The AbilityOne program and the nonprofit agency that manages it, SourceAmerica, are being investigated by the Department of Justice and at least four separate inspectors general offices for allegations of illegal operations, financial fraud and mismanagement, corruption and "contract steering," sources tell CNN.
At Tuesday's rally, which celebrated the 25th anniversary of the Americans with Disabilities Act, some demonstrators held signs that read, "Shame on SourceAmerica," while others demanded more transparency in the AbilityOne program, which funnels about $2.3 billion of taxpayer money each year to organizations that employ people with severe disabilities.
Rep. Tammy Duckworth, D-Illinois, said she is "significantly concerned" by the investigations into the program.
"If there is any corruption in that program, I will absolutely be following it to make sure that we end that," said Duckworth, a veteran who lost her legs and partial use of her right arm in Iraq.
"Everyone deserves the opportunity to live as productive a life as they capably can, so we need to be sure to really protect their rights to work," she said.
Presidential candidate Rick Santorum, in a Facebook comment, urged Attorney General Loretta Lynch to get to the bottom of the allegations.
"As the father of a special needs little girl, I am sickened by these revelations. A nation is judged by how it treats the most vulnerable in society," Santorum wrote. "We are better than this."
Santorum called for the prosecution of anyone involved.
Sources tell CNN as many as half the companies contracting with SourceAmerica under the AbilityOne program may be violating the law by not employing enough severely disabled employees. Moreover, several lawsuits have been filed in recent years accusing AbilityOne and SourceAmerica decision-makers of steering contracts to benefit their own interests.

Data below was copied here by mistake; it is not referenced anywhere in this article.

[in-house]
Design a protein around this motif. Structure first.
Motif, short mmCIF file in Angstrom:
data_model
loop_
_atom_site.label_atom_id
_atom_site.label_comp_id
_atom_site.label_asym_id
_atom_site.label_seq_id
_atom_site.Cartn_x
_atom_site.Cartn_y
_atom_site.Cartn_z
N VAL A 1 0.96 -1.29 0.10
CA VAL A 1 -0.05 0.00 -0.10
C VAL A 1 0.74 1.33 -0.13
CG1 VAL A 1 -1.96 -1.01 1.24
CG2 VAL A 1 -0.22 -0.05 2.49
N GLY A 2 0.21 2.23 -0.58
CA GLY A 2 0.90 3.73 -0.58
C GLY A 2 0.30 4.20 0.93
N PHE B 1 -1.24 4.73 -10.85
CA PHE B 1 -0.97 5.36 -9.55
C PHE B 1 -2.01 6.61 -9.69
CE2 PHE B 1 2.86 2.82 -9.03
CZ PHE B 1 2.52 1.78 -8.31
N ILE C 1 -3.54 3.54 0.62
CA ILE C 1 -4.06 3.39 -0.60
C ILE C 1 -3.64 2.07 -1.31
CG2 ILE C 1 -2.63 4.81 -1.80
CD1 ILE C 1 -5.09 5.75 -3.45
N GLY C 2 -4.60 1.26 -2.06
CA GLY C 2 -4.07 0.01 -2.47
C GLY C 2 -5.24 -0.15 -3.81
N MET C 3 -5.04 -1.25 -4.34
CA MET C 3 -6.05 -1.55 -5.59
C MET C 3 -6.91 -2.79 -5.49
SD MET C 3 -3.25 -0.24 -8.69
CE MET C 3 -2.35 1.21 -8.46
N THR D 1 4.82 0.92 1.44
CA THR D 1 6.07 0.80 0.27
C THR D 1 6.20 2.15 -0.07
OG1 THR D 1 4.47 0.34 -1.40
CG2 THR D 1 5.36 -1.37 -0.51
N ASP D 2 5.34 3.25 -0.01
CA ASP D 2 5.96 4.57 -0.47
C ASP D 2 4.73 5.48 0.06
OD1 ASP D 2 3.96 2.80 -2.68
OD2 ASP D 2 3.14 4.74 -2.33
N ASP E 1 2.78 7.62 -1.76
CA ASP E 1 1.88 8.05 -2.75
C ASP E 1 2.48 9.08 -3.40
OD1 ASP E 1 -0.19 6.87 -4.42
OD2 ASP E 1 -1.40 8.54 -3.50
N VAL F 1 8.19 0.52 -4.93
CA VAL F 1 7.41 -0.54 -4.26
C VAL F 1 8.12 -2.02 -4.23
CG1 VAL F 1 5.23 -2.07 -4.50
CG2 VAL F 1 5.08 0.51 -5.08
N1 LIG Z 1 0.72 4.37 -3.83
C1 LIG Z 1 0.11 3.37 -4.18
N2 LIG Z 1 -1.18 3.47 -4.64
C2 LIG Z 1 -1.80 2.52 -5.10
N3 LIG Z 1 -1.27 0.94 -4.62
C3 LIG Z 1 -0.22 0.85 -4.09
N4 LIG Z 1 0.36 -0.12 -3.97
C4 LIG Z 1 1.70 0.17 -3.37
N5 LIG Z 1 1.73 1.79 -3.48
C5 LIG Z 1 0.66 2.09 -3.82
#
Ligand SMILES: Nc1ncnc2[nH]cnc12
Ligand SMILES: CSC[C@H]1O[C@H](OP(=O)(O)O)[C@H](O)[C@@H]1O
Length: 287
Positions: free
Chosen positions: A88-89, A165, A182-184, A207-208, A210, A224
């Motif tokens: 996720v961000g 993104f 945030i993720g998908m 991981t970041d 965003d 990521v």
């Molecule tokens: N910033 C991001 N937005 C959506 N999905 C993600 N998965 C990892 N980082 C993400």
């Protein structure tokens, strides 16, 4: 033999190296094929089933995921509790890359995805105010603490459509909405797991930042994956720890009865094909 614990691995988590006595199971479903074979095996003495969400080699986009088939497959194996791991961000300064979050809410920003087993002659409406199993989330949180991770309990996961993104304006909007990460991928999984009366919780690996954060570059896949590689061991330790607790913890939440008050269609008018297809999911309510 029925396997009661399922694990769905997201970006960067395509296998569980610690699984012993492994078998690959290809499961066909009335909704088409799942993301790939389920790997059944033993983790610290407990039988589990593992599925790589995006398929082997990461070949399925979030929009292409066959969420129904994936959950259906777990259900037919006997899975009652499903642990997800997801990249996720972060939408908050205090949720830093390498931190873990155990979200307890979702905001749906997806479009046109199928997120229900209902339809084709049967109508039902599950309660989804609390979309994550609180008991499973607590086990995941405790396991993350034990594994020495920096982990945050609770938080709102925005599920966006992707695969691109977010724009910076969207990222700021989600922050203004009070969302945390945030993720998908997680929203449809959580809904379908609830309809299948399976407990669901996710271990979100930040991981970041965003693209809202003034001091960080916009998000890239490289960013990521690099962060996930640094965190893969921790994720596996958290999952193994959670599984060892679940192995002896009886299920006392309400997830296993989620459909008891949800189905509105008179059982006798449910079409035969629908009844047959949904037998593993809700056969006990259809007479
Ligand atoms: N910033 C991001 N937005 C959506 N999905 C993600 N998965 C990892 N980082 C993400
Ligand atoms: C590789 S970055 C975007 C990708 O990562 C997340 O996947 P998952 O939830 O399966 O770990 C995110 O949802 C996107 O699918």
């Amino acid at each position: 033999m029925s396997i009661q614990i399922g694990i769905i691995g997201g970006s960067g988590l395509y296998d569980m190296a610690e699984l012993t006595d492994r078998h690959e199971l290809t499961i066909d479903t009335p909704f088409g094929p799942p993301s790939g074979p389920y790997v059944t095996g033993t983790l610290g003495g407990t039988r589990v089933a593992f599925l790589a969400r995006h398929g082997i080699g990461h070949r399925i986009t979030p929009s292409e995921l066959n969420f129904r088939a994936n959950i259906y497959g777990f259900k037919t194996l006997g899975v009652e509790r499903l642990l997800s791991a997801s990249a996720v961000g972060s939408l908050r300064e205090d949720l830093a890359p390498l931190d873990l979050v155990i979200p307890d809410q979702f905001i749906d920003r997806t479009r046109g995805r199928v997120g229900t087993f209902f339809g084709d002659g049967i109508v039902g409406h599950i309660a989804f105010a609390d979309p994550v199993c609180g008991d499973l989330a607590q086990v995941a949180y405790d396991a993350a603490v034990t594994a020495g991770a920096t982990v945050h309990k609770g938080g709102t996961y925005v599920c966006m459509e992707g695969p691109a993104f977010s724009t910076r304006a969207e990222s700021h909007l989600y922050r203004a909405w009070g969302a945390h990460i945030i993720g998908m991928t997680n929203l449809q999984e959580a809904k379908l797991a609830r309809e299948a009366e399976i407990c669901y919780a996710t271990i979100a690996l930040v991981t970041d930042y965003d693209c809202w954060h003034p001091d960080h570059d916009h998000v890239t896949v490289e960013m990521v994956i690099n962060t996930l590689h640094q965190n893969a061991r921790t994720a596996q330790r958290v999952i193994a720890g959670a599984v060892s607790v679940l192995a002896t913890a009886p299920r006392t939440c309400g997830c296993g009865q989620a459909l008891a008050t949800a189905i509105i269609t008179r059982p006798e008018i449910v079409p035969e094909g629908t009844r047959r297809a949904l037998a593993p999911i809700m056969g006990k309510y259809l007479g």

Kelly Buckland, the executive director of National Council on Independent Living, which organized the Tuesday rally, said the government should begin closely monitoring AbilityOne contractors to ensure they have a 75% severely disabled workforce, which the program's regulations require.
"They should change how they operate, so they actually guarantee that these jobs are going to people with disabilities, which they're not right now," Buckland said. "Someone needs to hold them accountable."
Buckland said the AbilityOne program functioning properly is important because job opportunities enable people with disabilities to provide for themselves, whereas disability benefits may trap individuals in cycles of poverty.
SourceAmerica has refuted the recent allegations
, saying no one who makes decisions on contract awards is employed by an organization seeking those contracts. AbilityOne refused to answer any specific questions, citing pending litigation, even though many of the questions did not involve litigation.